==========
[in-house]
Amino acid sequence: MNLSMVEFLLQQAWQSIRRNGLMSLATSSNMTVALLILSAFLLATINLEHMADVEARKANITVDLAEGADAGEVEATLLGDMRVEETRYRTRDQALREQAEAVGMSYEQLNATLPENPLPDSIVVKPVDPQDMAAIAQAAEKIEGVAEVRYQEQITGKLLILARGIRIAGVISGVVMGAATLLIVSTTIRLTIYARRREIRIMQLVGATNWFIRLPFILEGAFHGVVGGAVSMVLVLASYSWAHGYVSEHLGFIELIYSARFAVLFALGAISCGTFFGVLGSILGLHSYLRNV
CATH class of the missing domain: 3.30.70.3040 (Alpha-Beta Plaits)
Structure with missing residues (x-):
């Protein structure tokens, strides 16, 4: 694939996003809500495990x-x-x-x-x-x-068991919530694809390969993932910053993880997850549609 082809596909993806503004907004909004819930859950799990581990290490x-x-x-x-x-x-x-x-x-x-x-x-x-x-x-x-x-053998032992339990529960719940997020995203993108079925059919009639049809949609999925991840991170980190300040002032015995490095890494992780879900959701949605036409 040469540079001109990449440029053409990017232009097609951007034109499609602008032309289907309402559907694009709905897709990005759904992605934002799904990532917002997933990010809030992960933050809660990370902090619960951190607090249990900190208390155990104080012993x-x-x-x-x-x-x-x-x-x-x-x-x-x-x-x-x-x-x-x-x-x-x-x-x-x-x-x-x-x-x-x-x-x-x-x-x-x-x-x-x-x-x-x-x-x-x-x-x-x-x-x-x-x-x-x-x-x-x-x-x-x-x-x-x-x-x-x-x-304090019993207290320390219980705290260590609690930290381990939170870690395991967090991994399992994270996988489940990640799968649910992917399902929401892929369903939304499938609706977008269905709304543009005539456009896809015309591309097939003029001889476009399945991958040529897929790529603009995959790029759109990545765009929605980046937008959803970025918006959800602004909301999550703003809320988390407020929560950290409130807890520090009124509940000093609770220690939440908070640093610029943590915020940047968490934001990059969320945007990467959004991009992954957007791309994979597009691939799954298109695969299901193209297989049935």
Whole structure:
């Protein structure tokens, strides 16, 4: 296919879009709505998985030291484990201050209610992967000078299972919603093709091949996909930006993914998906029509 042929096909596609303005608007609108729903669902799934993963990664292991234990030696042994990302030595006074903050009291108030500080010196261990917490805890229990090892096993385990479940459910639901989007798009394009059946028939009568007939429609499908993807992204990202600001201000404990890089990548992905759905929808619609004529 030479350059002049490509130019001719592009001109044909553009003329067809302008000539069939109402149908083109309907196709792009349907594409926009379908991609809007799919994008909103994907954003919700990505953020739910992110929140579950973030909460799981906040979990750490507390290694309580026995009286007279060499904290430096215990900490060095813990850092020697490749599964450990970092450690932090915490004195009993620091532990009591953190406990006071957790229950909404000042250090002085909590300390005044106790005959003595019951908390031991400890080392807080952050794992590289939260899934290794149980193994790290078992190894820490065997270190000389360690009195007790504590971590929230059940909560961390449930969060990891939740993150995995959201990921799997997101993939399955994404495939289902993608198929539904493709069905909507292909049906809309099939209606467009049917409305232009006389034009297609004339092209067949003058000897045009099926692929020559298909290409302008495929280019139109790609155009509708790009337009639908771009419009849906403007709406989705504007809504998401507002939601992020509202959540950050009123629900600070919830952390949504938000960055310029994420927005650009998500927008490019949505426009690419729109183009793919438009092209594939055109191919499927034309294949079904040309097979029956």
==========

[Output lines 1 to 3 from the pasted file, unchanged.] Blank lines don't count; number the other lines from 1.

[in-house]
Amino acid sequence: MNLSMVEFLLQQAWQSIRRNGLMSLATSSNMTVALLILSAFLLATINLEHMADVEARKANITVDLAEGADAGEVEATLLGDMRVEETRYRTRDQALREQAEAVGMSYEQLNATLPENPLPDSIVVKPVDPQDMAAIAQAAEKIEGVAEVRYQEQITGKLLILARGIRIAGVISGVVMGAATLLIVSTTIRLTIYARRREIRIMQLVGATNWFIRLPFILEGAFHGVVGGAVSMVLVLASYSWAHGYVSEHLGFIELIYSARFAVLFALGAISCGTFFGVLGSILGLHSYLRNV
CATH class of the missing domain: 3.30.70.3040 (Alpha-Beta Plaits)